Please ensure Javascript is enabled for purposes of website accessibility

Hugs & Kisses for Health

Emily Tamberino

Valentine’s Day is a great time to eat chocolate and write sappy love notes, but it’s important to get plenty of hugs, kisses and snuggles all year-round. Physical affection is scientifically proven to boost overall health, help you lose weight, lower blood pressure, fight off sickness and more.

What makes a big old bear hug or snuggling with a pet such a powerful habit for wellbeing? It comes down to oxytocin, also known as the “cuddle hormone,” “the love hormone” or the “love drug.” It’s why skin-to-skin contact between a newborn and their mother is so important. Oxytocin gives us the “warm fuzzies” we feel from cozying up next to another warm body. Produced by the hypothalamus and released by the pituitary gland, oxytocin provides feelings of connection, bonding and trust. 

But oxytocin does so much more than create good vibes. Research shows that oxytocin decreases stress and anxiety levels. Physical affection not only increases oxytocin production, but it also reduces the production of cortisol, the stress hormone. So, when you hug someone you care about, the “feel good” oxytocin hormone is released while cortisol is subdued, leaving both parties feeling calmer and soothed. And, since cortisol weakens the immune system, doing things to increase oxytocin can help the body undo cortisol’s effects and improve immune function, increasing the odds of fighting off viruses and infections.

Physical touch has also been proven to reduce diseases associated with the heart and blood. One study of women showed that those who hugged their partners more had a lower resting blood pressure than those who rarely engaged in physical touch. Higher levels of oxytocin have been shown to improve sleep, helping you fall asleep more quickly and stay asleep. Some studies even credit oxytocin to fewer nightmares.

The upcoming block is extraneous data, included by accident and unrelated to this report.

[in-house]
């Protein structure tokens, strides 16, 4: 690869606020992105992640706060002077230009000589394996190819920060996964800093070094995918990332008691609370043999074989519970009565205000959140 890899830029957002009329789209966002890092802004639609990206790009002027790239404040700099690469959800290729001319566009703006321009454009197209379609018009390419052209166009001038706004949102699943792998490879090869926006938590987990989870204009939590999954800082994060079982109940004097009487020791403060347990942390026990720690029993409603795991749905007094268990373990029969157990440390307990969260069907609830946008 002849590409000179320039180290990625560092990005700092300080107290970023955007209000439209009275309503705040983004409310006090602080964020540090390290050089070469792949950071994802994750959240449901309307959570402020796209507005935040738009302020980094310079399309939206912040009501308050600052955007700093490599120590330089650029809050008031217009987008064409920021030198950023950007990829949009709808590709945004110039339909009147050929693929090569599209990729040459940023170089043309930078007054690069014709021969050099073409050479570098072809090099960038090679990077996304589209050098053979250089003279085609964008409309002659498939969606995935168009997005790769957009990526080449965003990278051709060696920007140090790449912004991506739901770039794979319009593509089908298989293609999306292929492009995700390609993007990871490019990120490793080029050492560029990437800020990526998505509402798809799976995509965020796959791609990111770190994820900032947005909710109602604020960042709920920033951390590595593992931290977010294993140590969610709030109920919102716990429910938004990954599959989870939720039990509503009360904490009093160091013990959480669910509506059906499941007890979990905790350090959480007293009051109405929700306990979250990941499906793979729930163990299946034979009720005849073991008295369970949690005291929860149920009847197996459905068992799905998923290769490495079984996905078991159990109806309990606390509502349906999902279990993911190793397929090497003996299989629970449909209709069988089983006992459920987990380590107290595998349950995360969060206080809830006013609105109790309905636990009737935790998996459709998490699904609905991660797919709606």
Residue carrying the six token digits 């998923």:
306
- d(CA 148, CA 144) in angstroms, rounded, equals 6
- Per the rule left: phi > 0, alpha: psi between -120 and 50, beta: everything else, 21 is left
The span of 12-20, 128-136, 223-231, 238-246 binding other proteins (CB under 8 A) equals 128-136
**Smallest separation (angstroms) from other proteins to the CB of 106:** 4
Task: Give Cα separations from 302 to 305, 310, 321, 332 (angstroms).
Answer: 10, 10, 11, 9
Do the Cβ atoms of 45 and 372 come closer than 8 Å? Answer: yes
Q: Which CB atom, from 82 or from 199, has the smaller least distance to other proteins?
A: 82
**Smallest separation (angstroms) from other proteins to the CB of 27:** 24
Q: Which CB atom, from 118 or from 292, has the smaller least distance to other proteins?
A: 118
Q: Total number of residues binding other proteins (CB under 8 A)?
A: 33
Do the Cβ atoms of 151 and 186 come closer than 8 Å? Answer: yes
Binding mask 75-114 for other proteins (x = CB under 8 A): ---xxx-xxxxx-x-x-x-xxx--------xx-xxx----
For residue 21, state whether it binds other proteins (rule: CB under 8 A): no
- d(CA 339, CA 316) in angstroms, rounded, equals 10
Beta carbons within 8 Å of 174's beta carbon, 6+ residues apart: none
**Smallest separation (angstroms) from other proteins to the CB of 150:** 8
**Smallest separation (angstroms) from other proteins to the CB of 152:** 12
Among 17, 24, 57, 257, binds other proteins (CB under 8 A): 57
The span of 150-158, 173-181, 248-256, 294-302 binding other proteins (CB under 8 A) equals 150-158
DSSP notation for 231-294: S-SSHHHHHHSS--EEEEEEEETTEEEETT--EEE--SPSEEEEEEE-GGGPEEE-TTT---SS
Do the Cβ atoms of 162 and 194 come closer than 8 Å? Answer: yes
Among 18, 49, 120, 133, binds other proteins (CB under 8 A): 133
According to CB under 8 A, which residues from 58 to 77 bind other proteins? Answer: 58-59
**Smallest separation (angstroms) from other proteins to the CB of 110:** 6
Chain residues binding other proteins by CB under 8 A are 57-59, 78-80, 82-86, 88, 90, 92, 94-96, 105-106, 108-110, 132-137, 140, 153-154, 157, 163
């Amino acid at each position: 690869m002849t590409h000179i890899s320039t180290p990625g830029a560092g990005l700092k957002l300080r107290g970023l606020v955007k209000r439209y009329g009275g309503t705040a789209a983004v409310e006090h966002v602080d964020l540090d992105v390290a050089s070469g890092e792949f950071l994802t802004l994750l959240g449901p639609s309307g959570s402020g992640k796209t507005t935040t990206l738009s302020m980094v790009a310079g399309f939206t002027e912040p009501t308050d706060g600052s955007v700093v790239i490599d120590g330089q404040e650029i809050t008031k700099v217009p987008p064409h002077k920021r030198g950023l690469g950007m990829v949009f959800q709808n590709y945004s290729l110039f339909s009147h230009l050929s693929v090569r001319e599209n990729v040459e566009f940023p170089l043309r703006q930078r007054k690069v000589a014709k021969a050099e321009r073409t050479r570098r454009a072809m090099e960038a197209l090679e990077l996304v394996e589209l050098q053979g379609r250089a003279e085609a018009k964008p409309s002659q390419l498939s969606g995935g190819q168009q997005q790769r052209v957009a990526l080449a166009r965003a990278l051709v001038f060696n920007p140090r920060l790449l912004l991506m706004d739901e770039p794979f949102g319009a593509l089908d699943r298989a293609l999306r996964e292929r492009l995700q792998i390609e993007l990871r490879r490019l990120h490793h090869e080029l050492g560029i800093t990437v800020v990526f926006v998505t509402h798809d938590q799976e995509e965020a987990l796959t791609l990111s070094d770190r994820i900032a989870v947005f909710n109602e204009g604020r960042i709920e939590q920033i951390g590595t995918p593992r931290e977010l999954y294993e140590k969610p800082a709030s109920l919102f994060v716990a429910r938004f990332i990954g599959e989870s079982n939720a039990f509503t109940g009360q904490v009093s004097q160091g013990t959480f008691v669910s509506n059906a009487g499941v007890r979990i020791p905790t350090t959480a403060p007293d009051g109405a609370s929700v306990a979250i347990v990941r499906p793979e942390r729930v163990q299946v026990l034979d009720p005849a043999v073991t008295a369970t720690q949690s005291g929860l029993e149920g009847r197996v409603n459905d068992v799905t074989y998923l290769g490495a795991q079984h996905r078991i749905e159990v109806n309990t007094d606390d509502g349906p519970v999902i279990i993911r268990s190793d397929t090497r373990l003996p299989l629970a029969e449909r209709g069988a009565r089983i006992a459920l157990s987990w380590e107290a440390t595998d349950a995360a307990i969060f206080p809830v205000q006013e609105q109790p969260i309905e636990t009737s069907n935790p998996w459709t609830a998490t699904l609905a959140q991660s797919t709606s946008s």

Tend to be an overeater? Next time you eat, try taking a break for a hug or some kisses. Oxytocin is an appetite-related hormone that tells our brain and body it’s time to stop eating when we are full. So, when a snuggle cues the release of oxytocin, we get the same message we would from eating a full meal and we are less likely to go back for more food. 

Of course, we all know the basic mechanics of an embrace, but studies show there are a few key components to the kind of affection that yields health benefits–pressure, duration and frequency. Deep pressure sends a signal of safety to the autonomic nervous system, calming the sympathetic nerve. It also stimulates the vagus nerve to create a sense of calm and connection. Too much pressure can be off-putting, but light pressure isn’t as effective, so consider applying a medium-amount of pressure to maximize the benefits. 

While we might give a quick hug to someone we haven’t seen in a while, the real benefits of a genuine embrace from someone you care about are felt when you hug for 20 seconds or more. That duration is not backed by science, but it seems to be the amount of time it takes to feel the relaxation of an oxytocin release. Try it out to determine the amount of time that works for you. As for frequency, Virginia Satir, a world-renowned family therapist, is famous for saying “We need four hugs a day for survival. We need eight hugs a day for maintenance. We need twelve hugs a day for growth.” 

Physical affection can cause a powerful behavioral loop–the more oxytocin that’s released by being affectionate, the more you want to touch, hug or snuggle with someone you love. The loop can provide meaningful benefits to a relationship and also yield short- and long-term health benefits. Conversely, unwanted physical contact can have an adverse effect by increasing cortisol levels and stress. 

For reasons that are hard to explain, hugging, kissing, holding hands and snuggling a loved one, including pets, just feels good. Knowing the underlying health benefits might make giving and getting affection that much more meaningful and satisfying.